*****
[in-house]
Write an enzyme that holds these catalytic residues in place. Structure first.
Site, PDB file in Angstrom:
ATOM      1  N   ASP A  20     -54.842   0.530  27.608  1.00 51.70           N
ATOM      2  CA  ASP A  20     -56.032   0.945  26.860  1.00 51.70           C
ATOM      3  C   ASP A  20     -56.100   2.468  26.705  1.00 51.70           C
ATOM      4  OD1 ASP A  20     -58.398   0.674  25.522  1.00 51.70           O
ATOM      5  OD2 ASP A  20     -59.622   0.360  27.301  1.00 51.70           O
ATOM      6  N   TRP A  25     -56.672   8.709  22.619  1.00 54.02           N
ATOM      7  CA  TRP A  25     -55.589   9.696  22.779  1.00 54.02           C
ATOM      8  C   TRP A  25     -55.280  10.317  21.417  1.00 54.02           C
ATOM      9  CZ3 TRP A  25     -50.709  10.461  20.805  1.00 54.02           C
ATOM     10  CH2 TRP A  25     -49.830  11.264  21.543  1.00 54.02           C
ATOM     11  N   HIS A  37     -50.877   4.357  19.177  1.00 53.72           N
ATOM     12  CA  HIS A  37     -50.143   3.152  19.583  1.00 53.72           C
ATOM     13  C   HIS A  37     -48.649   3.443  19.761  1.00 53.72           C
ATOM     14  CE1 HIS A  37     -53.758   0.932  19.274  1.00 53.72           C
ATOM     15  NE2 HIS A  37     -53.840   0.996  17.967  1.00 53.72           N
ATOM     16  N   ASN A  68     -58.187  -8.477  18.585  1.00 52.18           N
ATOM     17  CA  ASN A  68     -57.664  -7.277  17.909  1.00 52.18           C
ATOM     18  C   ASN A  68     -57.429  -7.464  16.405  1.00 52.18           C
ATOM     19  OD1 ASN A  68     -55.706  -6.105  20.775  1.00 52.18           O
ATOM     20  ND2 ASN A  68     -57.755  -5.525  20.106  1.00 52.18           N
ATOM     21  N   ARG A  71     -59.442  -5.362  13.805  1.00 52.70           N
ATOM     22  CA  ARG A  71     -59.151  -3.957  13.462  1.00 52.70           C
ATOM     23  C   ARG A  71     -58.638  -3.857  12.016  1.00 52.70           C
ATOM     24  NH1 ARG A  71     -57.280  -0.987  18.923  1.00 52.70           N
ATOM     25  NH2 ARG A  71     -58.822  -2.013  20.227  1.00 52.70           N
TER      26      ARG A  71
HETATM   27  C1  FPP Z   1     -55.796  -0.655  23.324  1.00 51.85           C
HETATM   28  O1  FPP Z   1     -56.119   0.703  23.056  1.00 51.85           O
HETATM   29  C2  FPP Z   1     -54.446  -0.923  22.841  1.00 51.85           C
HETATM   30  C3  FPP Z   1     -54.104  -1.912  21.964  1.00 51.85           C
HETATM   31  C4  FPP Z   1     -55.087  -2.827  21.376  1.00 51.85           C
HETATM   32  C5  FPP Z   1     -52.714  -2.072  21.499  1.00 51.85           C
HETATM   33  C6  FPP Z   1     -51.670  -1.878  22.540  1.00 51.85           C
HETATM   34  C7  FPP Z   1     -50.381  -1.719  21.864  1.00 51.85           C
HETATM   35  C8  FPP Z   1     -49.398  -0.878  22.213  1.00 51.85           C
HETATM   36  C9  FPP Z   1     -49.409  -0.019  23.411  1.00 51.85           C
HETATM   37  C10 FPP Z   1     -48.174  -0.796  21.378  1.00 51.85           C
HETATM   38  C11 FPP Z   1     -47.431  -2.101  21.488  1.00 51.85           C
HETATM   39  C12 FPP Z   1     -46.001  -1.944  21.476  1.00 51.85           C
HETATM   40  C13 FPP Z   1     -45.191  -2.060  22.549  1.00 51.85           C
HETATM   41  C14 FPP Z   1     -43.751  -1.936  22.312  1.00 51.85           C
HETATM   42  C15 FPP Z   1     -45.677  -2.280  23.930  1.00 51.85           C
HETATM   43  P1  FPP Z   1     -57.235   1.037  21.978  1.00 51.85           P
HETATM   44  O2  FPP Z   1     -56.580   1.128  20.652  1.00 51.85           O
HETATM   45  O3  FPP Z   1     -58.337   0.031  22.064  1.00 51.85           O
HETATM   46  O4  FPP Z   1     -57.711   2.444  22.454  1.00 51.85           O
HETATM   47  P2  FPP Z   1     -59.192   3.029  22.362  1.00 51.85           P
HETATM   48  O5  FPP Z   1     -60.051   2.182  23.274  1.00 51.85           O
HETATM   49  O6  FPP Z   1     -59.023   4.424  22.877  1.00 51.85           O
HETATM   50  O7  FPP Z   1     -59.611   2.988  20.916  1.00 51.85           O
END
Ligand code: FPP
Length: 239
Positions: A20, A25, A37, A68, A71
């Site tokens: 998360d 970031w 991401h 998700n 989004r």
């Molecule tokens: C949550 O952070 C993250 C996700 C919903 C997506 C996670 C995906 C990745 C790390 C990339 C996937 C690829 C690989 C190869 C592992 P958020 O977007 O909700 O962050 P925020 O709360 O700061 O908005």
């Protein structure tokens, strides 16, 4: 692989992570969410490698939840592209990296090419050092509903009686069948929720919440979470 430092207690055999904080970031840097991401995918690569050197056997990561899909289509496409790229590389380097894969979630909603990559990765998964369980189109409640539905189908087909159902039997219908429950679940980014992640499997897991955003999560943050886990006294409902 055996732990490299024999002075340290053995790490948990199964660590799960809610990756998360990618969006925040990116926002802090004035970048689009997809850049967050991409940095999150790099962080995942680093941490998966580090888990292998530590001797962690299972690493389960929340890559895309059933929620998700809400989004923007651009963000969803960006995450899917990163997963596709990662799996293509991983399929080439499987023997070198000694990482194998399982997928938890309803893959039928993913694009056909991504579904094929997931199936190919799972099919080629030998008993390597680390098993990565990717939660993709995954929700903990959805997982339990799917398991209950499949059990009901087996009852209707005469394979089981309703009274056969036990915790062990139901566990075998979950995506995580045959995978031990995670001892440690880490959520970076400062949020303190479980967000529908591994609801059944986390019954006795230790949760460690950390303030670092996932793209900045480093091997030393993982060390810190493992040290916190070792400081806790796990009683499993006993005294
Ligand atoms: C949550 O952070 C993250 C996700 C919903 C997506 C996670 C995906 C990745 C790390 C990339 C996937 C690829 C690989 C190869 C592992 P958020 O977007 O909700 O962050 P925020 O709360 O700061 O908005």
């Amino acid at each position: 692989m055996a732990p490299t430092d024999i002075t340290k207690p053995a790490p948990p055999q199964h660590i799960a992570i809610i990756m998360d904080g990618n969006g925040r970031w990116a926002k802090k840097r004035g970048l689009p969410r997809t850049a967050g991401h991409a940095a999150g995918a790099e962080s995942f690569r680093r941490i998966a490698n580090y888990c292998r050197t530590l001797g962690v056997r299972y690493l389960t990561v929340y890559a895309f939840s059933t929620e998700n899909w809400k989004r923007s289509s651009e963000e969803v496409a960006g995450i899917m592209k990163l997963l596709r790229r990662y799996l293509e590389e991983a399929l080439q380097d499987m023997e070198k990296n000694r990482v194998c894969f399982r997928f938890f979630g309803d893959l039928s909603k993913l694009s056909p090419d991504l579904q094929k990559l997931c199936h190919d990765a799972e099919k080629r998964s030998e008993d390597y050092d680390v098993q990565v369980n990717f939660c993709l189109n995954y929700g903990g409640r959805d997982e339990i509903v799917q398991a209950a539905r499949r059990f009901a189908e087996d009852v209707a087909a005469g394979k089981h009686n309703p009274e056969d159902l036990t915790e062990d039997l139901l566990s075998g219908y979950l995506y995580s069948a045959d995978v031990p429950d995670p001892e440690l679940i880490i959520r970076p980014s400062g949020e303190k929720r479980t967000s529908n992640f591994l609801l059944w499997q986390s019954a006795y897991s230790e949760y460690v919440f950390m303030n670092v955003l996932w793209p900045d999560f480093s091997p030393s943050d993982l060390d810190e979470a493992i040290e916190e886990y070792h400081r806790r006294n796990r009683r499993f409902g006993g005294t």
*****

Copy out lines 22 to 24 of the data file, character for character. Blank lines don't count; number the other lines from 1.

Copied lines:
ATOM     19  OD1 ASN A  68     -55.706  -6.105  20.775  1.00 52.18           O
ATOM     20  ND2 ASN A  68     -57.755  -5.525  20.106  1.00 52.18           N
ATOM     21  N   ARG A  71     -59.442  -5.362  13.805  1.00 52.70           N